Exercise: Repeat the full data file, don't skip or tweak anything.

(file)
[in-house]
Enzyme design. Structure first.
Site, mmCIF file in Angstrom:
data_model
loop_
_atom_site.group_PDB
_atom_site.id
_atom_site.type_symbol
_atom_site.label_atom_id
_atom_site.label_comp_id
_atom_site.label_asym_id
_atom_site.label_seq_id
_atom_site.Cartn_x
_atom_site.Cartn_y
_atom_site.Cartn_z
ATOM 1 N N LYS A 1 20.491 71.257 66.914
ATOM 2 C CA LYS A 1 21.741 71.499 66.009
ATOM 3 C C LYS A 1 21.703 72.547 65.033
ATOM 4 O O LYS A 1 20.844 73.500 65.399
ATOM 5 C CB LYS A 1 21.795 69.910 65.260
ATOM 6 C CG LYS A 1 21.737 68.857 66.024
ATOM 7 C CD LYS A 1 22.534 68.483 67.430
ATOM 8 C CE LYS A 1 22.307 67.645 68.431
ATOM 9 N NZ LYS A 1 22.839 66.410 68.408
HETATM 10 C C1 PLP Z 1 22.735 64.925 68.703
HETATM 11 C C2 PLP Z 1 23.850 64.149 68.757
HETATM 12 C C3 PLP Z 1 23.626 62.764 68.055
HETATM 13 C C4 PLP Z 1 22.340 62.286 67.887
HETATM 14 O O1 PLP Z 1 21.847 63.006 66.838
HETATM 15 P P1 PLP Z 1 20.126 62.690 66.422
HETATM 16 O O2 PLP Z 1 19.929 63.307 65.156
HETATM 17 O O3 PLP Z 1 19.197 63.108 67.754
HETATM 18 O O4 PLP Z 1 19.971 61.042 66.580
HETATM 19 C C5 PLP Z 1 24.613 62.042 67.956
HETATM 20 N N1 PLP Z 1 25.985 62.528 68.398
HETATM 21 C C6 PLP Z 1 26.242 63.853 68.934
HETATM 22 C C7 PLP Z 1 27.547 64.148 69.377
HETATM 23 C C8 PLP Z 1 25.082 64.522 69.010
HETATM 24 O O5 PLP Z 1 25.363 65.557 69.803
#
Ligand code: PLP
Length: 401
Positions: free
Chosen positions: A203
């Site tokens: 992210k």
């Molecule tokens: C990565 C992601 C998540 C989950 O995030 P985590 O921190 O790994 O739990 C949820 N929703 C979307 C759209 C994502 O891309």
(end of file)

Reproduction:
[in-house]
Enzyme design. Structure first.
Site, mmCIF file in Angstrom:
data_model
loop_
_atom_site.group_PDB
_atom_site.id
_atom_site.type_symbol
_atom_site.label_atom_id
_atom_site.label_comp_id
_atom_site.label_asym_id
_atom_site.label_seq_id
_atom_site.Cartn_x
_atom_site.Cartn_y
_atom_site.Cartn_z
ATOM 1 N N LYS A 1 20.491 71.257 66.914
ATOM 2 C CA LYS A 1 21.741 71.499 66.009
ATOM 3 C C LYS A 1 21.703 72.547 65.033
ATOM 4 O O LYS A 1 20.844 73.500 65.399
ATOM 5 C CB LYS A 1 21.795 69.910 65.260
ATOM 6 C CG LYS A 1 21.737 68.857 66.024
ATOM 7 C CD LYS A 1 22.534 68.483 67.430
ATOM 8 C CE LYS A 1 22.307 67.645 68.431
ATOM 9 N NZ LYS A 1 22.839 66.410 68.408
HETATM 10 C C1 PLP Z 1 22.735 64.925 68.703
HETATM 11 C C2 PLP Z 1 23.850 64.149 68.757
HETATM 12 C C3 PLP Z 1 23.626 62.764 68.055
HETATM 13 C C4 PLP Z 1 22.340 62.286 67.887
HETATM 14 O O1 PLP Z 1 21.847 63.006 66.838
HETATM 15 P P1 PLP Z 1 20.126 62.690 66.422
HETATM 16 O O2 PLP Z 1 19.929 63.307 65.156
HETATM 17 O O3 PLP Z 1 19.197 63.108 67.754
HETATM 18 O O4 PLP Z 1 19.971 61.042 66.580
HETATM 19 C C5 PLP Z 1 24.613 62.042 67.956
HETATM 20 N N1 PLP Z 1 25.985 62.528 68.398
HETATM 21 C C6 PLP Z 1 26.242 63.853 68.934
HETATM 22 C C7 PLP Z 1 27.547 64.148 69.377
HETATM 23 C C8 PLP Z 1 25.082 64.522 69.010
HETATM 24 O O5 PLP Z 1 25.363 65.557 69.803
#
Ligand code: PLP
Length: 401
Positions: free
Chosen positions: A203
């Site tokens: 992210k």
């Molecule tokens: C990565 C992601 C998540 C989950 O995030 P985590 O921190 O790994 O739990 C949820 N929703 C979307 C759209 C994502 O891309």